Investors lose N295b in seven months as politics weighs in
Indeed, the stakeholders attributed the current depression in the market to unfolding events in the political space, which has continued to fuel uncertainty and shadow on the overall mood of the equities market.
Specifically, market capitalisation of listed equities, at N13.617 trillion as at January 2, 2018, now stands at N13.322 trillion as at August 3, 2018, down by N295 billion or 2.2 per cent in seven months, while the All-Share index slid by 1,765.12 points or 4.8 per cent from 38,264.79 to 36,499.67.
Ahead of the 2019 polls, stock market investors have argued that if the political space remains tensed, the volatility recorded so far in the market will be heightened, as bargain hunters will take advantage of the oscillatory mode of the market going forward.
The Chief Research Officer of Investdata Consulting, Ambrose Omodion, said political risk and uncertainties ahead of the 2019 general elections are major factors that continue to depress and escalate foreign capital flight.
According to him, equities have continued to suffer from investment outflows and the absence of a positive trigger or enough retail investors to help stablise the domestic market.
“This is why investors would continue to trade cautiously. Also important, is the outcome of the shadow elections by political parties taking place in the month of August.”
He pointed out that the implementation of the new structure of the Nigerian Stock Exchange (NSE) in recent times has so far, not brought the expected impact from market makers, in terms of liquidity, to support relative stability, as it remains on the downtrend.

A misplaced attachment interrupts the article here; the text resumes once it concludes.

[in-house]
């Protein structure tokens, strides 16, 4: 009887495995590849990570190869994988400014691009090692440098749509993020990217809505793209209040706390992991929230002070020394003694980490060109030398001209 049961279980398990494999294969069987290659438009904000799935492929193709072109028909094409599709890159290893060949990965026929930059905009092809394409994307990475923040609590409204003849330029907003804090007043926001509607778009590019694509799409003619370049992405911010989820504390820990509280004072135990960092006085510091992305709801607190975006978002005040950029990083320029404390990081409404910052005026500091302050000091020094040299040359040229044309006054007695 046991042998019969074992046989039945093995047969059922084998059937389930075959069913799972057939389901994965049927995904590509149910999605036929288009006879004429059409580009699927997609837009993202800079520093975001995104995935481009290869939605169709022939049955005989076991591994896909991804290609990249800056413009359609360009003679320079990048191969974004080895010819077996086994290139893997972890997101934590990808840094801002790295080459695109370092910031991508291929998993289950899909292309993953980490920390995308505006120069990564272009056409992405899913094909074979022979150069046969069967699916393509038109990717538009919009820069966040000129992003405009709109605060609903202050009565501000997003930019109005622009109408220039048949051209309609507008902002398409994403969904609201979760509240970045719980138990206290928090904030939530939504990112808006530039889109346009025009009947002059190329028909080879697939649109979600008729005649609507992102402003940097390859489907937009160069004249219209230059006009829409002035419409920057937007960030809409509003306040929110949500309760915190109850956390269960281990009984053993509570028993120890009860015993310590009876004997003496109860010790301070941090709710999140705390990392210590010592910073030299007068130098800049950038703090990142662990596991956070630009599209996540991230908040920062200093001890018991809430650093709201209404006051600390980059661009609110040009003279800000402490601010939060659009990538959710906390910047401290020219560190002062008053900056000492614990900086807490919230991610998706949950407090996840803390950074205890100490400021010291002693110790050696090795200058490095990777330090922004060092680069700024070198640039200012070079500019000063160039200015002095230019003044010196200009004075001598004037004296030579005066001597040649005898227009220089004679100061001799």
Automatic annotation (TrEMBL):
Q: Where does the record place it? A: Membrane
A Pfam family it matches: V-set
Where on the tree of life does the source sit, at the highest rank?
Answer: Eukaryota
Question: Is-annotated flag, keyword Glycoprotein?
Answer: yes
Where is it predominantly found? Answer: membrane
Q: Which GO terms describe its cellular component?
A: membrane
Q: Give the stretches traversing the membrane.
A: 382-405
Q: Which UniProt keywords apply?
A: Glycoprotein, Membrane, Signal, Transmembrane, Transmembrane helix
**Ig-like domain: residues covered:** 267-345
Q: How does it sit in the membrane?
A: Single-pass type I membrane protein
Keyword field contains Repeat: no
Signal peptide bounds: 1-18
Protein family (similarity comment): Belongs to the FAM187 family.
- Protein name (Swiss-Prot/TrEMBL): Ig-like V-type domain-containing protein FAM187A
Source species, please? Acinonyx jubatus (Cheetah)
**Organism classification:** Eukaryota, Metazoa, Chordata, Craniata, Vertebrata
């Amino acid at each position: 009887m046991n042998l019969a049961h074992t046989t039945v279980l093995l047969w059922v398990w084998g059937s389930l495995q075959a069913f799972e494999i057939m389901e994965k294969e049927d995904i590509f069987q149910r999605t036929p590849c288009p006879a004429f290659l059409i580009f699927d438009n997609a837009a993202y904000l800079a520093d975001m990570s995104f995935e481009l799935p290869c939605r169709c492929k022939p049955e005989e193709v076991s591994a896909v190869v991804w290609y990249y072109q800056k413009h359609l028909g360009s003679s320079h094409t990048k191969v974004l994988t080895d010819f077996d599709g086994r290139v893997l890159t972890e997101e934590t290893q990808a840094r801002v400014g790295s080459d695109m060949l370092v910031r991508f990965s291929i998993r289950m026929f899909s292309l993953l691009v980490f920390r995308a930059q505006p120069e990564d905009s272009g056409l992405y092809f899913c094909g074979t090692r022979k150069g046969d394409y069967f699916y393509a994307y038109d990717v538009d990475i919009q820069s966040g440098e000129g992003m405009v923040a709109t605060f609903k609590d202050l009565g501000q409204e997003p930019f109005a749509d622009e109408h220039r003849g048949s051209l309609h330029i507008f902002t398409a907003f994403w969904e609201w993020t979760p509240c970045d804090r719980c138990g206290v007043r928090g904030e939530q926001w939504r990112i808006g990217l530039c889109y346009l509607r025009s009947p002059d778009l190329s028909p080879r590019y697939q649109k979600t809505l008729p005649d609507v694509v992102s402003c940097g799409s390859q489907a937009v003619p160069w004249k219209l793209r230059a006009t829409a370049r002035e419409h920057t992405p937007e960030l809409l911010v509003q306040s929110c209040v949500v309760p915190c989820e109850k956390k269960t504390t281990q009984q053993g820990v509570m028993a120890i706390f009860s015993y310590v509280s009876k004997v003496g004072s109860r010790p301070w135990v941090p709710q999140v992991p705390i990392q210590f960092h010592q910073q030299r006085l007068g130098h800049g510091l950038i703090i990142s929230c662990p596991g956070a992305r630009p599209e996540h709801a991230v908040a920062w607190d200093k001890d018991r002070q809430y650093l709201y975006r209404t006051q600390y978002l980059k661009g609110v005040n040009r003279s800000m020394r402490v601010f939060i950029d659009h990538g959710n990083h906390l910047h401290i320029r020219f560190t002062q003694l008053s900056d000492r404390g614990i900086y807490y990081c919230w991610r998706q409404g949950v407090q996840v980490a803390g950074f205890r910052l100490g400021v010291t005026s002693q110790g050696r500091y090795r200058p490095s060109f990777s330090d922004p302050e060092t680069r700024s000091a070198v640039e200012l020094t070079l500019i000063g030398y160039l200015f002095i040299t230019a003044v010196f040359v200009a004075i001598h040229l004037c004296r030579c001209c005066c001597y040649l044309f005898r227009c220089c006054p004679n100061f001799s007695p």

The analyst suggested that investors should also change their investment strategies in favour of medium to long-term horizon and position for higher returns post-election.
“Investors should review their positions in line with investment goals, strength of the company numbers and act as events unfold in the global and domestic environment,” he said.
The former Secretary General of Independent Shareholders Association, Adebayo Adeleke, said market performance would continue to be weak, coupled with low liquidity, if politicians fail to realise the effect of unstable environment on the economy.
“We need to play our politics in the way that we will be mindful of what happens to the economy.
We do not need to do things that will have adverse effect on the economy because if it does, it becomes a problem even for those that will take over power.
“During electioneering in America, you find out that the economy remains strong and stable.
Our people need to play the game equally like that by ensuring that they put the economy first.
“What we are seeing is a very cautious approach to the market.
Given the way the political space is getting more tensed, investors do not understand the direction the economy and they would always want to be very careful on what to buy, what to hold and what to sell.”
An independent investor, Amaechi Egbo, explained that the local bourse do not have the capacity to absorb external shock or mop up shares when there is sudden dumping by foreign investors to sustain price rally.
Therefore, he suggested that the regulators should work on how to boost the participation of local investors that would not easily sell-off when there is panic in the market.
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